Planning guidance for hedgehogs

Photo by Tom Marshall

The West-European hedgehog is an iconic British species, but they are undergoing a worrying decline. In rural areas, over 50% have been lost in the past two decades and in urban areas, up to a third of populations have been lost between 2000 and 2014. There is however hope; the decline in our towns and cities may be slowing, suggesting the actions that people are taking in their own neighbourhoods could be making a real difference (PTES & BPHS 2018).

Hedgehogs face threats in both urban and rural areas with habitat loss, fragmentation and the reduction in habitat quality being major issues. Agricultural intensification and urbanisation are contributors to these, with reduced habitat features, fewer invertebrates, increased hard surfacing and impermeable boundaries resulting in fewer nesting and feeding areas, less connected habitat patches, greater risks of predation and more isolated populations. See the Conservation Strategy for the West-European hedgehog document, here, for more information.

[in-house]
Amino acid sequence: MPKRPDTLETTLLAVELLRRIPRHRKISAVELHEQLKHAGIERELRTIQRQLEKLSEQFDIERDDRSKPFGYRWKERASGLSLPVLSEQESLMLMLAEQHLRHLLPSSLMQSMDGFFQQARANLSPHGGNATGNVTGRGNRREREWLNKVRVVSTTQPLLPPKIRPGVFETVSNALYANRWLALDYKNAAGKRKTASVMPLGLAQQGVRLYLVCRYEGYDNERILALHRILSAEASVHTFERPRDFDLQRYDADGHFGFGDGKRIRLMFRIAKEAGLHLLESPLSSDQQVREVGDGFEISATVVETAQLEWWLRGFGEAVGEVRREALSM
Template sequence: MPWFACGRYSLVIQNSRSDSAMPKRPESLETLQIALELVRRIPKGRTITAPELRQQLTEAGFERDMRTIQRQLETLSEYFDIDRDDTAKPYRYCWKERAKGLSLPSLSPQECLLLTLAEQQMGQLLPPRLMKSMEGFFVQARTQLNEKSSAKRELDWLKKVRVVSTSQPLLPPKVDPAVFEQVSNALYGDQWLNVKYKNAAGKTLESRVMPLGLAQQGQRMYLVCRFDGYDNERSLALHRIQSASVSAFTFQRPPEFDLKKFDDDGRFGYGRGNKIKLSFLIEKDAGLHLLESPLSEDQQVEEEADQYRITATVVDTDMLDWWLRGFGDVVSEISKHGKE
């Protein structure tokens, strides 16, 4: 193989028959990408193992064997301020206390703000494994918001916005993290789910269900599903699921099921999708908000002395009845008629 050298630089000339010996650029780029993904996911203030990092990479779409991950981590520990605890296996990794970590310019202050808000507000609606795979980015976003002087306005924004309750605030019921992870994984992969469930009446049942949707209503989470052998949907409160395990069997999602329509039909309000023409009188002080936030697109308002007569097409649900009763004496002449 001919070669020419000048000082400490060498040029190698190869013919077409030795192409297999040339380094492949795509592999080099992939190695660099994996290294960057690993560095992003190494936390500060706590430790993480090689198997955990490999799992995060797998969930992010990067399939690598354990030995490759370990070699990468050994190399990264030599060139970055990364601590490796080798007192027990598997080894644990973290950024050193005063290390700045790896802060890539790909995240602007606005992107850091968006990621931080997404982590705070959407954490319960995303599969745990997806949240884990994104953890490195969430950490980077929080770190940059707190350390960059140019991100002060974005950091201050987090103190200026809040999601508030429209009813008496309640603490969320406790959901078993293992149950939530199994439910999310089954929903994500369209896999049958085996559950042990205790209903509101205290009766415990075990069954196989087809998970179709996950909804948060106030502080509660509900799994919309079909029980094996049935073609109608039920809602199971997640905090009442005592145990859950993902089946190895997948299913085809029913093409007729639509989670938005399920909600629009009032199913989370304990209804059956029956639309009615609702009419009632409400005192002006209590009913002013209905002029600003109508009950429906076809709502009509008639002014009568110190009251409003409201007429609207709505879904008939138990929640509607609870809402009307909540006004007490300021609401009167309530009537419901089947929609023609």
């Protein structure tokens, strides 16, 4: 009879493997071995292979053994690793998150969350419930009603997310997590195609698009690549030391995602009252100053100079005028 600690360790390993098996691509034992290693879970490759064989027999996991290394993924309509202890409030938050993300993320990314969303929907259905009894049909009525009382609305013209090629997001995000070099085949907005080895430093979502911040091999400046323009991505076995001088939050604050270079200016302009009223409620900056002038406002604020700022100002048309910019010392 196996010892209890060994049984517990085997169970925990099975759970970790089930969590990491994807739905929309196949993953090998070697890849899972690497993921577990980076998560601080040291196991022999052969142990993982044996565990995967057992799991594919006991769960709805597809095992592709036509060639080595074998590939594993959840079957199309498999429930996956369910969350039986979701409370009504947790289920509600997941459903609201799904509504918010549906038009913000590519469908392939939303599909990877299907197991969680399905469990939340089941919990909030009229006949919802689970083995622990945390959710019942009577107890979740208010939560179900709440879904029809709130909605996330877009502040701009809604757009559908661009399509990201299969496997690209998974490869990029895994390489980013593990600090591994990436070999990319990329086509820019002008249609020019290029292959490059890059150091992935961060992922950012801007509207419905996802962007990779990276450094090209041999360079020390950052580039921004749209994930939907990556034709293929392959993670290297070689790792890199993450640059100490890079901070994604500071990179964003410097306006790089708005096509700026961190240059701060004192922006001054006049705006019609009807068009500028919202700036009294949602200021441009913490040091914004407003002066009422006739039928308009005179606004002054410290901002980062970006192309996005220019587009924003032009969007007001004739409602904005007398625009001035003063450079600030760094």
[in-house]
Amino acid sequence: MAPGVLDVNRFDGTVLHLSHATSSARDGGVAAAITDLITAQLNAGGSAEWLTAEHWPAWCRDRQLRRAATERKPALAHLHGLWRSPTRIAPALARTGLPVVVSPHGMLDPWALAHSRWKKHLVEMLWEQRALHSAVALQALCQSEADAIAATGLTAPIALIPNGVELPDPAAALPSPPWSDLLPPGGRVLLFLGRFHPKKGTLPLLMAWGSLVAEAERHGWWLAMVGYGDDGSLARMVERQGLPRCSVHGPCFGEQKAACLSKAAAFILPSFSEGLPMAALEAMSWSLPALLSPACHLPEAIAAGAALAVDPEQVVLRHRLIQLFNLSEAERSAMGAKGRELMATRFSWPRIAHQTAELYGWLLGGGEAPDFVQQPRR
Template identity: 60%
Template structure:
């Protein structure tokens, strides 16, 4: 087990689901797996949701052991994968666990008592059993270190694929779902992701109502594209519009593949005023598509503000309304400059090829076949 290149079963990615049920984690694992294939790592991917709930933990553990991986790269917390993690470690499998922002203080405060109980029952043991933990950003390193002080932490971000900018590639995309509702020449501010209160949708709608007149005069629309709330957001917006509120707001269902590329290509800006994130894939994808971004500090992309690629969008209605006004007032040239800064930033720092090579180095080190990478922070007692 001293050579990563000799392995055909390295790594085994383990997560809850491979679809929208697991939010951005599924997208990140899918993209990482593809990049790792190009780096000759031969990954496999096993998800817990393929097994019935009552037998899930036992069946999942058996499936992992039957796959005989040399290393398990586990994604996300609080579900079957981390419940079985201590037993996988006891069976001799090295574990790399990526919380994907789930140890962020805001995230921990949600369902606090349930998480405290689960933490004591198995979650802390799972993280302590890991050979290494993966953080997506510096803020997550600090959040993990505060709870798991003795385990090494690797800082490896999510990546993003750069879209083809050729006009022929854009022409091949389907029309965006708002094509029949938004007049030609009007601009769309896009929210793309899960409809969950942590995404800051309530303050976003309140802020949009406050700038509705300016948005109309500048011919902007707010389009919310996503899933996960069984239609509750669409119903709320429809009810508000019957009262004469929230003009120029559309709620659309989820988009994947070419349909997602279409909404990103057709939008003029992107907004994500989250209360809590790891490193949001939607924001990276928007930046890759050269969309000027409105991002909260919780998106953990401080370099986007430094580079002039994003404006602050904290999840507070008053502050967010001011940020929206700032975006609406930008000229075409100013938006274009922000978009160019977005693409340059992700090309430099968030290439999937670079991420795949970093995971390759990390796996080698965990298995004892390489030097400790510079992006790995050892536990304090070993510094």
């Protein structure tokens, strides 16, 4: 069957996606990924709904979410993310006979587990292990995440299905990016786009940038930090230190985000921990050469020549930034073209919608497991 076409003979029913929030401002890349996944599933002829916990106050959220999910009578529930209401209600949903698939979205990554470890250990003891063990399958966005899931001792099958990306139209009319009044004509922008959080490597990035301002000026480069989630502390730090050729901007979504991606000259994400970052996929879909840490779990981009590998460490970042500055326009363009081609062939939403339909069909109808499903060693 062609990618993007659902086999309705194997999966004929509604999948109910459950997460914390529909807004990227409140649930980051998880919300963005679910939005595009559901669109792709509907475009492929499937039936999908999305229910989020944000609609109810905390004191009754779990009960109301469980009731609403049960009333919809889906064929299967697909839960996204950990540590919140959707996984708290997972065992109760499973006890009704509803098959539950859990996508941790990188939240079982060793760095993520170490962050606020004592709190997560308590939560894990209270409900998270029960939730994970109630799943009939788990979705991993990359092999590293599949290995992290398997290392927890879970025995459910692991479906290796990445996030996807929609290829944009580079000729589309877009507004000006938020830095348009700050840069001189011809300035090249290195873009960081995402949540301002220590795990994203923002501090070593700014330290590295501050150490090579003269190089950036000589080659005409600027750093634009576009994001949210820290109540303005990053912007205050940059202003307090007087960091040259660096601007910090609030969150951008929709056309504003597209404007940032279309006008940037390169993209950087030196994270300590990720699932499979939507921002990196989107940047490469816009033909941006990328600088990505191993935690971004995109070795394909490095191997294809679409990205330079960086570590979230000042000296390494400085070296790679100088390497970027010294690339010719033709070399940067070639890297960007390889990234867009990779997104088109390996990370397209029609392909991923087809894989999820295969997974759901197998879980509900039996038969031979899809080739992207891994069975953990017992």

Hedgehogs are listed as a UK ‘Priority Species’ under S41 of the NERC Act (2006). They also have limited protection under Schedule 6 of the Wildlife and Countryside Act (1981) as amended, which means they may not be caught or trapped without a licence. No legislation currently addresses the causes of decline in hedgehog populations.

Hedgehog habitat requirements

There are three main hedgehog habitat requirements to consider in a planning context:
1) High quality feeding habitat - moist grassland, rotting wood and wildflowers to encourage invertebrates.
2) A range of nesting opportunities – medium sized fallen leaves from deciduous trees such as oak and beech, as well as supporting structures for winter and breeding nesting eg. log piles or bramble patches. Tussocky grassland and shrubbery in gardens is required for day nesting during the active season.
3) The importance of well-connected habitat - hedgehogs roam on average ~2km a night and an urban population is thought to need at least ~1km2 of well-connected habitat to remain viable.


Predicting likely presence of hedgehogs on a site

• Recent records obtained from county records centre or NBN Atlas
• Presence of suitable habitat